Legal Guidance From an Immigration Lawyer
Immigration Documentary Requirements
Every application, procedure or process related to immigration will require documentation. While each type of visa or application will require its own distinct documents, there are a few common documentary requirements most immigrants will need to provide the USCIS and other officials during the course of their stay or when entering and leaving the United States. Highly familiar with USCIS procedures and requirements, Brown Immigration Law has provided the following information about the most important documents.
Types of Immigration Documents
Depending on your situation, you may need some of the following documents:
Depending on the process you undertake with the USCIS, you may be required to provide a government-issued passport from your home country. Passports are also one of the primary documents used to establish identity in immigration status applications and visa applications. In the event that you do not have a passport, you may be able to file an application for a waiver.
All foreign nationals must obtain a Visa before entering the United States. There are many different types of visas that are granted according to the purpose of a visit, including visitor, student, immigrant and worker visas. Visas will be stamped inside of a passport and will only give the holder permission to enter a U.S. port of entry. Visa holders must be granted permission to enter the country from a customs officer. Eligible non-immigrants of certain countries may also qualify for visa waivers that will allow them to enter the U.S. for a maximum of 90 days.
I-94 / I-95
When visa holders have been granted permission to enter the United States, they will receive an I-94 or I-95 form. This document is proof of legal admission into the country, and will also include arrival and departure information, including the duration of a visa. Immigrants and non-immigrant visitors must have their I-94 on them at all times. The I-94 or I-95 will also be needed for those wishing to file for a change of status, adjustment of status or application for a green card.
The official name of a green card is Form I-551. This document is proof that an immigrant has been legally admitted to the United States for permanent residence. It is also used to show any necessary officials or entities that the holder has the right to live and work in the country. The I-551 does not mean that a green card holder is a U.S. citizen.
Border Crossing Cards
A border crossing card, or BCC, is a document that grants limited entry into the United States by visitors. BCCs are issued only to Mexican citizens, allowing those with ties to the U.S. and Mexico to legally return to and from the U.S. for temporary stays. BCCs are typically valid for ten years, except in some cases involving children.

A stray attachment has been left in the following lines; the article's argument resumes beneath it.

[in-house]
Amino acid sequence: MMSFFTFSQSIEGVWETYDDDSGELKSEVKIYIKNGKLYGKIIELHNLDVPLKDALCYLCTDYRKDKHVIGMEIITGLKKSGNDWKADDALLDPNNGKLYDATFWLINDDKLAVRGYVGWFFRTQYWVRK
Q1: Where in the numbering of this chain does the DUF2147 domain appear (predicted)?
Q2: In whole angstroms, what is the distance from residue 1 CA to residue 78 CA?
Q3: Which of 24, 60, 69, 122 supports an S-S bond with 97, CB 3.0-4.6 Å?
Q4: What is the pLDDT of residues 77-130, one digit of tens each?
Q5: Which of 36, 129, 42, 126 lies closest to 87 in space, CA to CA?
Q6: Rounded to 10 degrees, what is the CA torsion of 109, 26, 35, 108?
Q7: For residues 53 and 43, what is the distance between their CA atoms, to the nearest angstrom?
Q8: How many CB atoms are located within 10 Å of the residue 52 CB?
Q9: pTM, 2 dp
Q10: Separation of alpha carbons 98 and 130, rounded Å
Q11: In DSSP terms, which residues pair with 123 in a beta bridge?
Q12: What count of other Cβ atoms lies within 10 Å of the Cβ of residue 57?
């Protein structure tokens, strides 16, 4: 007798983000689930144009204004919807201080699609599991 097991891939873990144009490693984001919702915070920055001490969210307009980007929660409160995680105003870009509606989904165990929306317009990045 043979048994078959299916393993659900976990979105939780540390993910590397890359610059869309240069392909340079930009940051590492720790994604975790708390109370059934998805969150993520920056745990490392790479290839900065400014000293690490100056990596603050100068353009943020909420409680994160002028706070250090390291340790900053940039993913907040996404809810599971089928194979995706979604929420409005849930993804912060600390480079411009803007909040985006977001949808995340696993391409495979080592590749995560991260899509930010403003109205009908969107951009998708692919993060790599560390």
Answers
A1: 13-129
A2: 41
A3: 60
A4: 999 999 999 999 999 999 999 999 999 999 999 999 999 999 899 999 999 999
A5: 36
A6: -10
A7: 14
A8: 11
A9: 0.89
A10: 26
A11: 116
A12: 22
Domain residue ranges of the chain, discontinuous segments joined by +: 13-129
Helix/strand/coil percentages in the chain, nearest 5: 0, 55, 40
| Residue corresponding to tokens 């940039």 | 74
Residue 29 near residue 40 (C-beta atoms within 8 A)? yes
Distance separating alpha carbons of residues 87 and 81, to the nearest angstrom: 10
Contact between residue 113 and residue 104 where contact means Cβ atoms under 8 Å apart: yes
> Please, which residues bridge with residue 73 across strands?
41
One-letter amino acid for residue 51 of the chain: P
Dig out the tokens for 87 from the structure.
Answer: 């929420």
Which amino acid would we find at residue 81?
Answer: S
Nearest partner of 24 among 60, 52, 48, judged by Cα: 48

Individuals who have pending applications with the USCIS for immigration benefits or for changes of their non-immigrant status will be required to have an advance parole travel document before leaving the United States. This document will allow them to lawfully return to the United States. There are exceptions for certain non-immigrant visa categories and for refugees and asylum seekers.
Re-entry permits are required for immigrants with permanent residence status who plan to travel abroad for a period of up to two years. This will allow individuals to maintain their permanent residence status after leaving the United States for longer periods of time.
Refugee Travel Document
Eligible refugees and asylum seekers may be required to have refugee travel documents rather than advance parole travel documents. This means that individuals with refugee or asylum status, as well as permanent residents who gained their status through the refugee or asylum process can apply for a refugee travel document that will allow them to re-enter the United States.
Document Assistance from Florida Immigration Lawyers
As each immigration case varies depending on the personal situation involved, it is advised that immigrants in need of documentation seek the assistance of professional and experienced immigration attorneys. Attorney Robert Brown has five decades of immigration experience, and the entire legal team at Brown Immigration Law is comprised of exceptionally talented and knowledgeable lawyers.
With our help, you can learn more about which documents you need for your personal situation. To discuss your case, contact our firm today. We serve clients in the greater Orlando area and throughout Florida.
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